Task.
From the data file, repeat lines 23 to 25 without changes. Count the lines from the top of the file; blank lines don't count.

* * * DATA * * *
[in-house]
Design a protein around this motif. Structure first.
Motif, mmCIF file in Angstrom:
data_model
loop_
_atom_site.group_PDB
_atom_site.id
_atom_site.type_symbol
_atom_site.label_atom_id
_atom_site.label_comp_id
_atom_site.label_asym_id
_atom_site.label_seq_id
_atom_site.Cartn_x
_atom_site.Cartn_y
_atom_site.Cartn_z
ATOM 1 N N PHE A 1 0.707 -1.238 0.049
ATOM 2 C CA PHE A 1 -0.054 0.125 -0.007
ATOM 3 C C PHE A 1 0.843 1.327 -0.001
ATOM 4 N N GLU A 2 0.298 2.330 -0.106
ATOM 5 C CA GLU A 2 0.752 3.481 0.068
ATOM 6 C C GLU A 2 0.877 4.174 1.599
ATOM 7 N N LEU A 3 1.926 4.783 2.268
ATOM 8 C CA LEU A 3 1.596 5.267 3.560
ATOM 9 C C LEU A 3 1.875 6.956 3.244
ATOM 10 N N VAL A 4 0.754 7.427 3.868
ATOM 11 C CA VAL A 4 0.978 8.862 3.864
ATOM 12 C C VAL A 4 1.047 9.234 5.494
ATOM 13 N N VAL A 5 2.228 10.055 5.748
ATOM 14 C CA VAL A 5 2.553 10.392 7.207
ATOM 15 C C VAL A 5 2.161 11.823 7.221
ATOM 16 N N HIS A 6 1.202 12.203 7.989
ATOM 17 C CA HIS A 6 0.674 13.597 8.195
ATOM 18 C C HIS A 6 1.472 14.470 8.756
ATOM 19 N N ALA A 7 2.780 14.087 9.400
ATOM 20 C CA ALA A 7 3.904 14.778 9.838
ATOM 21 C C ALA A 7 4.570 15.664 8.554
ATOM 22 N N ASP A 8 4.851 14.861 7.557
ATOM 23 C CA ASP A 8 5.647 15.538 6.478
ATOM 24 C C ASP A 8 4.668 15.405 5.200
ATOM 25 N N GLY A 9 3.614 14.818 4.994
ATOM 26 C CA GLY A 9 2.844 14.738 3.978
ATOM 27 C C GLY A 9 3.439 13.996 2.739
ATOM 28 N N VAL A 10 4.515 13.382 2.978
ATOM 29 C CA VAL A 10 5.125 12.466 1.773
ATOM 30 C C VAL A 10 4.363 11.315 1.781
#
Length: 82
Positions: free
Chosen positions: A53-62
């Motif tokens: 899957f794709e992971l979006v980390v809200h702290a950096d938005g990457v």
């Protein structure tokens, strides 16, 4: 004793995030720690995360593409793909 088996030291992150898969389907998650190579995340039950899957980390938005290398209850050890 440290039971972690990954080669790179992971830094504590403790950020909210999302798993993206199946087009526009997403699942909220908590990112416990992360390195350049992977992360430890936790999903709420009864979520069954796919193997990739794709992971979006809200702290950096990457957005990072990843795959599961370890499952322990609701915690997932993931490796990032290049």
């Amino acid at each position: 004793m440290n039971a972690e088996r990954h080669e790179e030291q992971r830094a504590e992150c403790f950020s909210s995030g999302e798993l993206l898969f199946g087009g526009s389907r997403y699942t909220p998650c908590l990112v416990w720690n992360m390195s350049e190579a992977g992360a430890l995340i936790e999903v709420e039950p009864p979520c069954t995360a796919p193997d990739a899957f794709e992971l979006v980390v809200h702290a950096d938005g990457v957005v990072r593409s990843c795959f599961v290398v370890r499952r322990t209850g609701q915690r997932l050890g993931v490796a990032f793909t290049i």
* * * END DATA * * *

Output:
ATOM 8 C CA LEU A 3 1.596 5.267 3.560
ATOM 9 C C LEU A 3 1.875 6.956 3.244
ATOM 10 N N VAL A 4 0.754 7.427 3.868